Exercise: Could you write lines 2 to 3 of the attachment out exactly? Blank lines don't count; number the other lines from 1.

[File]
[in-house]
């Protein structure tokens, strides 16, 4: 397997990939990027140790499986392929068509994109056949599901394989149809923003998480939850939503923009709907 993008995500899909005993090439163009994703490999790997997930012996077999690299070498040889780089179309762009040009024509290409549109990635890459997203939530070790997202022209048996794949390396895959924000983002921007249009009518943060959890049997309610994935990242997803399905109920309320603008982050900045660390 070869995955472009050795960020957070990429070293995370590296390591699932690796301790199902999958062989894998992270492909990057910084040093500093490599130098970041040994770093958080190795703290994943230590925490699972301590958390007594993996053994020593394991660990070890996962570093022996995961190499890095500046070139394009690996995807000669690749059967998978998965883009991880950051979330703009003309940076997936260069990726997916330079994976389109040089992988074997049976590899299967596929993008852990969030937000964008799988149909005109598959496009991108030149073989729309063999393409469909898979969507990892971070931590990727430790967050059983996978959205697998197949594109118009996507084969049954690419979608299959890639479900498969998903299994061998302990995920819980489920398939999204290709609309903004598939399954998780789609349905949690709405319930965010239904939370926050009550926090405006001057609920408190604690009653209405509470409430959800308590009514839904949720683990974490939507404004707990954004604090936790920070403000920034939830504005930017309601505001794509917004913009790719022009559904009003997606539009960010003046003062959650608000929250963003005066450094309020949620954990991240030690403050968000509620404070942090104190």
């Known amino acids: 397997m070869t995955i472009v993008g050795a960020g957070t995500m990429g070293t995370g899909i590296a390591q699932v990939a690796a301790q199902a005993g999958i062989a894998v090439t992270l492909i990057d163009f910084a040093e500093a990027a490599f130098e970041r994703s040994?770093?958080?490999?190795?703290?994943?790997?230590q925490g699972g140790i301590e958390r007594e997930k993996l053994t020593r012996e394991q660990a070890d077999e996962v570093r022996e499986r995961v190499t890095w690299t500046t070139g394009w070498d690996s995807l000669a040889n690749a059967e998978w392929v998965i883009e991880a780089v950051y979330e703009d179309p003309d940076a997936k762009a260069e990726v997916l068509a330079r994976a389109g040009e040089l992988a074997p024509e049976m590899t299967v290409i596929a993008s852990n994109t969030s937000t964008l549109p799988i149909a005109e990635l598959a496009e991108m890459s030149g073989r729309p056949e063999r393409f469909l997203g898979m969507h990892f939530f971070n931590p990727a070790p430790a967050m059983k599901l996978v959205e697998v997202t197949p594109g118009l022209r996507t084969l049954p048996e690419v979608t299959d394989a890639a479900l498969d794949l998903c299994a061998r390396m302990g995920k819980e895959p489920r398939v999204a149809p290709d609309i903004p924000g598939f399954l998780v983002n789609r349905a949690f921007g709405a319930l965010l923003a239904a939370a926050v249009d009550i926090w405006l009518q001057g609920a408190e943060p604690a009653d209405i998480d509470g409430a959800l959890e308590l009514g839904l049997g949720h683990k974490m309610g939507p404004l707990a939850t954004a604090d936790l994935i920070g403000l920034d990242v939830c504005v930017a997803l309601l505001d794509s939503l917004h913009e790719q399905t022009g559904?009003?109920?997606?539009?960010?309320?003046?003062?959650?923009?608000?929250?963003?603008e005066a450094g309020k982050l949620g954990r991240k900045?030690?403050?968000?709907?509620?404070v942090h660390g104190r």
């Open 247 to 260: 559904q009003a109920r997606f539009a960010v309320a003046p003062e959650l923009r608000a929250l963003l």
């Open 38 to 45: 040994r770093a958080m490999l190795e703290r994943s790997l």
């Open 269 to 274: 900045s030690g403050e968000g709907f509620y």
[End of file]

């Protein structure tokens, strides 16, 4: 397997990939990027140790499986392929068509994109056949599901394989149809923003998480939850939503923009709907 993008995500899909005993090439163009994703490999790997997930012996077999690299070498040889780089179309762009040009024509290409549109990635890459997203939530070790997202022209048996794949390396895959924000983002921007249009009518943060959890049997309610994935990242997803399905109920309320603008982050900045660390 070869995955472009050795960020957070990429070293995370590296390591699932690796301790199902999958062989894998992270492909990057910084040093500093490599130098970041040994770093958080190795703290994943230590925490699972301590958390007594993996053994020593394991660990070890996962570093022996995961190499890095500046070139394009690996995807000669690749059967998978998965883009991880950051979330703009003309940076997936260069990726997916330079994976389109040089992988074997049976590899299967596929993008852990969030937000964008799988149909005109598959496009991108030149073989729309063999393409469909898979969507990892971070931590990727430790967050059983996978959205697998197949594109118009996507084969049954690419979608299959890639479900498969998903299994061998302990995920819980489920398939999204290709609309903004598939399954998780789609349905949690709405319930965010239904939370926050009550926090405006001057609920408190604690009653209405509470409430959800308590009514839904949720683990974490939507404004707990954004604090936790920070403000920034939830504005930017309601505001794509917004913009790719022009559904009003997606539009960010003046003062959650608000929250963003005066450094309020949620954990991240030690403050968000509620404070942090104190």
């Known amino acids: 397997m070869t995955i472009v993008g050795a960020g957070t995500m990429g070293t995370g899909i590296a390591q699932v990939a690796a301790q199902a005993g999958i062989a894998v090439t992270l492909i990057d163009f910084a040093e500093a990027a490599f130098e970041r994703s040994?770093?958080?490999?190795?703290?994943?790997?230590q925490g699972g140790i301590e958390r007594e997930k993996l053994t020593r012996e394991q660990a070890d077999e996962v570093r022996e499986r995961v190499t890095w690299t500046t070139g394009w070498d690996s995807l000669a040889n690749a059967e998978w392929v998965i883009e991880a780089v950051y979330e703009d179309p003309d940076a997936k762009a260069e990726v997916l068509a330079r994976a389109g040009e040089l992988a074997p024509e049976m590899t299967v290409i596929a993008s852990n994109t969030s937000t964008l549109p799988i149909a005109e990635l598959a496009e991108m890459s030149g073989r729309p056949e063999r393409f469909l997203g898979m969507h990892f939530f971070n931590p990727a070790p430790a967050m059983k599901l996978v959205e697998v997202t197949p594109g118009l022209r996507t084969l049954p048996e690419v979608t299959d394989a890639a479900l498969d794949l998903c299994a061998r390396m302990g995920k819980e895959p489920r398939v999204a149809p290709d609309i903004p924000g598939f399954l998780v983002n789609r349905a949690f921007g709405a319930l965010l923003a239904a939370a926050v249009d009550i926090w405006l009518q001057g609920a408190e943060p604690a009653d209405i998480d509470g409430a959800l959890e308590l009514g839904l049997g949720h683990k974490m309610g939507p404004l707990a939850t954004a604090d936790l994935i920070g403000l920034d990242v939830c504005v930017a997803l309601l505001d794509s939503l917004h913009e790719q399905t022009g559904?009003?109920?997606?539009?960010?309320?003046?003062?959650?923009?608000?929250?963003?603008e005066a450094g309020k982050l949620g954990r991240k900045?030690?403050?968000?709907?509620?404070v942090h660390g104190r």